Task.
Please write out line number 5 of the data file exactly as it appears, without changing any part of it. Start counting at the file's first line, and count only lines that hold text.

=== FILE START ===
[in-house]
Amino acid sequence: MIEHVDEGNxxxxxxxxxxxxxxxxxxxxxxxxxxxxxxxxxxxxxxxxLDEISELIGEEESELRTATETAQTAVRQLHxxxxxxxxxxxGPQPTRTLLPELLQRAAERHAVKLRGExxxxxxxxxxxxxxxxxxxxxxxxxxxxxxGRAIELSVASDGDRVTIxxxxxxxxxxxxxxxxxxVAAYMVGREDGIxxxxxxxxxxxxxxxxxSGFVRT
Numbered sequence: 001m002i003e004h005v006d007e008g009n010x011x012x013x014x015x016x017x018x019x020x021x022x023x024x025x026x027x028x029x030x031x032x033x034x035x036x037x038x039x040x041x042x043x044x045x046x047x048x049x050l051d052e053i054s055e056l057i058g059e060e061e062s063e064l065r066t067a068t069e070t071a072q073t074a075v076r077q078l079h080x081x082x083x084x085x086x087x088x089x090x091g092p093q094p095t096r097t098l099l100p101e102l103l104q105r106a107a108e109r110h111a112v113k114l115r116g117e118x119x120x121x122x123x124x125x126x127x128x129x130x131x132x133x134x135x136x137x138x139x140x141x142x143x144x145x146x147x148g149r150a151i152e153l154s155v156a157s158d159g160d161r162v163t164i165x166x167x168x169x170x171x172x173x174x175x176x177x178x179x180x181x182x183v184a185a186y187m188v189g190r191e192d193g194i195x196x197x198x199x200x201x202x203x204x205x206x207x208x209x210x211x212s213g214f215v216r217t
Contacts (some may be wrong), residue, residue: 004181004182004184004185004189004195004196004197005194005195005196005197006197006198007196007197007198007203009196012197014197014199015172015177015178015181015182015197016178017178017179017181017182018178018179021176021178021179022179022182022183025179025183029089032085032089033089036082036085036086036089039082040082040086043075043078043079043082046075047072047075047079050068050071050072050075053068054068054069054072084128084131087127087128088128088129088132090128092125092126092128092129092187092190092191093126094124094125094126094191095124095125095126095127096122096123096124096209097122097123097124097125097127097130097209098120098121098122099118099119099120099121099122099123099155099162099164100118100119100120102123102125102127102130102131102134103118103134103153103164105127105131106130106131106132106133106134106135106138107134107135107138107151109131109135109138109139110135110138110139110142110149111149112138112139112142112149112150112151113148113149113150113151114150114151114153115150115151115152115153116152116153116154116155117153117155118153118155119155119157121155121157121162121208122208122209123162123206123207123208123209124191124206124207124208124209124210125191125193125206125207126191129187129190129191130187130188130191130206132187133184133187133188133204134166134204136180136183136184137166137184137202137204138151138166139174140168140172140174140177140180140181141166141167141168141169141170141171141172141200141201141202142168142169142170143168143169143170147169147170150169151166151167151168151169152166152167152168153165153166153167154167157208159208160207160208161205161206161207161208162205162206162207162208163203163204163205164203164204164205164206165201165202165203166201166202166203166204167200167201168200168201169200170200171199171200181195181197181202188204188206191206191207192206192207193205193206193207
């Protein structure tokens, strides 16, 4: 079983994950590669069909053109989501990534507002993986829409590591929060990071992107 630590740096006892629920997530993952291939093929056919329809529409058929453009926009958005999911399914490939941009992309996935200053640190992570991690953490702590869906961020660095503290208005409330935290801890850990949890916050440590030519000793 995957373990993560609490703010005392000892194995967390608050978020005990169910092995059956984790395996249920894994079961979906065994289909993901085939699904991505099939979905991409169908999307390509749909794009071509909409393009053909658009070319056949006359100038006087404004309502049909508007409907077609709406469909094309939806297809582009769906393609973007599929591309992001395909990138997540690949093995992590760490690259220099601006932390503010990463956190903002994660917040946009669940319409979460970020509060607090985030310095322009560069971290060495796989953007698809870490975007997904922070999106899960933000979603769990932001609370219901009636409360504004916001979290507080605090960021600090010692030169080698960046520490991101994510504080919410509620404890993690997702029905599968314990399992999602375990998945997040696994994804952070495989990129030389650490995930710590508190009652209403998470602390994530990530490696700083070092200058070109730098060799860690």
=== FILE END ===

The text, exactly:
């Protein structure tokens, strides 16, 4: 079983994950590669069909053109989501990534507002993986829409590591929060990071992107 630590740096006892629920997530993952291939093929056919329809529409058929453009926009958005999911399914490939941009992309996935200053640190992570991690953490702590869906961020660095503290208005409330935290801890850990949890916050440590030519000793 995957373990993560609490703010005392000892194995967390608050978020005990169910092995059956984790395996249920894994079961979906065994289909993901085939699904991505099939979905991409169908999307390509749909794009071509909409393009053909658009070319056949006359100038006087404004309502049909508007409907077609709406469909094309939806297809582009769906393609973007599929591309992001395909990138997540690949093995992590760490690259220099601006932390503010990463956190903002994660917040946009669940319409979460970020509060607090985030310095322009560069971290060495796989953007698809870490975007997904922070999106899960933000979603769990932001609370219901009636409360504004916001979290507080605090960021600090010692030169080698960046520490991101994510504080919410509620404890993690997702029905599968314990399992999602375990998945997040696994994804952070495989990129030389650490995930710590508190009652209403998470602390994530990530490696700083070092200058070109730098060799860690």